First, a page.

[Taxacom] What taxon corresponds to "birds'?

John Grehan calabar.john at gmail.com
Tue Nov 29 17:27:43 CST 2016

This seems so generally quite reasonable that I am worried that I cannot
immediately find fault with it. Someone will I am sure :)

John Grehan

On Tue, Nov 29, 2016 at 6:16 PM, Richard Pyle <deepreef at bishopmuseum.org>

> > I have seem
> > innumerable molecular phylogenies generating many branching points
> > involving many taxa, but as long as the tree is presented I am not sure
> what
> > you see to be so complicated or splintered. With respect to splintered
> are you
> > saying some phylogenetic relationships should remain unresolved so the
> > pattern is 'simple'?
> I can't answer for Ken, but one point I have been making for many years is
> that if you want to represent inferred evolutionary relationships among
> organisms, then cladograms and similar branch-type diagrams are an
> extremely effective tool for communicating them.  I think the problem
> happens when people have tried to use a hierarchcal classification and
> nomenclatural system originally developed by a creationist (aka, Linnean
> nomenclature) as a system explicitly for communicating hypothesized
> inferred evolutionary relationships.  Such names and classifications have a
> history spanning more than two and a half centuries (a century before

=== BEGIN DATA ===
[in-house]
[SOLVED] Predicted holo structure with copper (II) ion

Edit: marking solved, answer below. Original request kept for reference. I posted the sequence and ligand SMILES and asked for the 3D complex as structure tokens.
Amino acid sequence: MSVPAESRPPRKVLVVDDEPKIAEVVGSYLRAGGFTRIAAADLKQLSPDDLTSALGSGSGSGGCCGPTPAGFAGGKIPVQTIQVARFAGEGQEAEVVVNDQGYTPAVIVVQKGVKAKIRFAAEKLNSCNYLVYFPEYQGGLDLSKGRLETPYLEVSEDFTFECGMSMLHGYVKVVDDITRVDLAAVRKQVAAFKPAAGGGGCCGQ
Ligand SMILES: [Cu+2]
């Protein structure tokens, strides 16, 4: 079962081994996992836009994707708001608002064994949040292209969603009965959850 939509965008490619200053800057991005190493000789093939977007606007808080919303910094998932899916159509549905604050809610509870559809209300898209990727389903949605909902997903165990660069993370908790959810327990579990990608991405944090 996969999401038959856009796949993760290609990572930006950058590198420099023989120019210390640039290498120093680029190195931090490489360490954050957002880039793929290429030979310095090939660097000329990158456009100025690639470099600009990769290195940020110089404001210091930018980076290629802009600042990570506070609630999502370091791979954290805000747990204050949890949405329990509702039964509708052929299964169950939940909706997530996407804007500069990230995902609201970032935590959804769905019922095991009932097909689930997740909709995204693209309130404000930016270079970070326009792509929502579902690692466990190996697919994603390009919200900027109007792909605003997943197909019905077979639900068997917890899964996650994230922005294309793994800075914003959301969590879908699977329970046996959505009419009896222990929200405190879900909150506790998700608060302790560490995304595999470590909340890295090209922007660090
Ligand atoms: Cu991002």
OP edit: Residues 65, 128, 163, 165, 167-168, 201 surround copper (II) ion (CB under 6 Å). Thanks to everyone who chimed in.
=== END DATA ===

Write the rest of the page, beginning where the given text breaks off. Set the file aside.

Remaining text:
> Darwin), and benefit to some degree on stability of usage over time.
> Thus, let's use line drawings like cladograms to communicate our specific
> ideas about inferred evolutionary relationships, and leave the nomenclature
> to the function it has very effectively fulfilled for many years.  Clearly
> there is (and should be!) a very high degree of congruence between the two
> systems of communication.  But attempts to use the latter as a strict
> communication tool to represent the former often (usually?) serves neither
> goal effectively. Birds are a great example of this.
> Aloha,
> Rich
> Richard L. Pyle, PhD
> Database Coordinator for Natural Sciences | Associate Zoologist in
> Ichthyology | Dive Safety Officer
> Department of Natural Sciences, Bishop Museum, 1525 Bernice St., Honolulu,
> HI 96817
> Ph: (808)848-4115, Fax: (808)847-8252 email: deepreef at bishopmuseum.org
> http://hbs.bishopmuseum.org/staff/pylerichard.html

More information about the Taxacom mailing list